Animals, Plants Under Threat From Global Warming
Following are facts about the diversity of life on earth:
* Scientists have no clear idea of how many species -- from algae to blue whales -- live on earth. Estimates range from about 5 to 100 million. There are about 1.8 million named species so far.
* Humans are responsible for the worst spate of extinctions since the dinosaurs were wiped out 65 million years ago, according to a UN report in March 2006. It blamed destruction of habitats, expanding cities, pollution, deforestation, global warming and the introduction of "invasive species".
* "Climate change is forecast to be become one of the biggest threats to biodiversity," the UN Convention on Biological Diversity said in a statement marking May 22.
* "Approximately 20-30 percent of plant and animal species assessed so far are likely to be at greater risk of extinction if increases in global average temperature exceed 1.5 to 2.5 Celsius" (2.7 to 4.5 Fahrenheit), according to a report in April 2007 by the UN climate panel. Beyond that, it said ecosystems would face ever more wrenching changes.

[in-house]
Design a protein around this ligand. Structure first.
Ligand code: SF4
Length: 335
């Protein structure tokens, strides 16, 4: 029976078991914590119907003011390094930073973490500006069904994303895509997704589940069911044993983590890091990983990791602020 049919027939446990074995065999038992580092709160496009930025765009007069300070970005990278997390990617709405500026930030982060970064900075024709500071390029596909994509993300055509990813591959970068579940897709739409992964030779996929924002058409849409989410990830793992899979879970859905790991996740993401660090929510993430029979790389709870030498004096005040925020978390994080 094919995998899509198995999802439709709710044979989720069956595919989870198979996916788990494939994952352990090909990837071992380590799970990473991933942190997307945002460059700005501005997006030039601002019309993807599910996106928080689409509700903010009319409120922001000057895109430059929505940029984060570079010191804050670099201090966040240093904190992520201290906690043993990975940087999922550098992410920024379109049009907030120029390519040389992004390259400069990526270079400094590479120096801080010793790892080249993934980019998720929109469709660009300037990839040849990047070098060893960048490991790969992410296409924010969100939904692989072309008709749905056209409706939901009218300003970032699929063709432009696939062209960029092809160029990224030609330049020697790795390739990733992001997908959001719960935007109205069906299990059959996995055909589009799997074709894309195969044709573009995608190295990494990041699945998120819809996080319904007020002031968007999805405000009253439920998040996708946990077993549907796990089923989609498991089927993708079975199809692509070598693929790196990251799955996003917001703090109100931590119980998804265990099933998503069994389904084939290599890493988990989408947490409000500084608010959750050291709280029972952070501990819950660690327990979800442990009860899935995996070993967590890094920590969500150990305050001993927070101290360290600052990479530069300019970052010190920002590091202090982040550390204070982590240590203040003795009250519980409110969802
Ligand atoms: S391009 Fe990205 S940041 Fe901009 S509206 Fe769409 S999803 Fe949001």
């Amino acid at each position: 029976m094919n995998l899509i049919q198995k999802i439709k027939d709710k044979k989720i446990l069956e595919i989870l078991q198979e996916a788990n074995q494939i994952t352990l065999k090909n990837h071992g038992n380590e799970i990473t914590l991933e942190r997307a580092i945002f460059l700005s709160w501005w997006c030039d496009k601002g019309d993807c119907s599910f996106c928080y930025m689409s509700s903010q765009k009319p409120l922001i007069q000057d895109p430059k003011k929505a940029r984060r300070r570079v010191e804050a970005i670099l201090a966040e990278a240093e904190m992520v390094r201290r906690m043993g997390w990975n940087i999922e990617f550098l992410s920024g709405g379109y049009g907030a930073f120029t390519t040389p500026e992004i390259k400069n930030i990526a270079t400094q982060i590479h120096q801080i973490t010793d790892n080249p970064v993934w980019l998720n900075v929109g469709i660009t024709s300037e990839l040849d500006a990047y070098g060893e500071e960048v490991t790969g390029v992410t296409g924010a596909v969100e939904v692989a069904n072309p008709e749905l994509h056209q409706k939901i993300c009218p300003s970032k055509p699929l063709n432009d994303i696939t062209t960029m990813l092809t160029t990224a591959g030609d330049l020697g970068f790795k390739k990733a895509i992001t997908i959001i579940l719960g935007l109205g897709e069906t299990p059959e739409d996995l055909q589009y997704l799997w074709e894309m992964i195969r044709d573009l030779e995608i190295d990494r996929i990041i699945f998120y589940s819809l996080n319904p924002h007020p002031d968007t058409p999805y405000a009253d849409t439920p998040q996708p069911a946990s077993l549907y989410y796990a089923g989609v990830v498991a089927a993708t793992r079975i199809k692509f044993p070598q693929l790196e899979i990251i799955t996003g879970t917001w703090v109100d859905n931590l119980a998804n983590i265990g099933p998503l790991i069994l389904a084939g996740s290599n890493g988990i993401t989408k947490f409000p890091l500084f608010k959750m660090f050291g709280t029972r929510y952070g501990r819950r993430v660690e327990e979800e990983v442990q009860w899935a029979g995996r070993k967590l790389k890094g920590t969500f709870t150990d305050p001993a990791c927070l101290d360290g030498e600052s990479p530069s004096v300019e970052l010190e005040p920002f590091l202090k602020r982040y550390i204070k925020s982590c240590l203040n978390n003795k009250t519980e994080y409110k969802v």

* World leaders agreed at a 2002 UN summit in Johannesburg to "achieve by 2010 a significant reduction of the current rate of biodiversity loss at the global, regional and national level as a contribution to poverty alleviation and to the benefit of all life on earth."
* A global "Red List" of endangered species documents about 800 extinctions since 1500, from the flightless dodo to the Golden Toad of Costa Rica. Experts believe the real number is far higher.
* About 12-13 percent of the world's land area is in protected areas but only about 0.5 percent of the seas.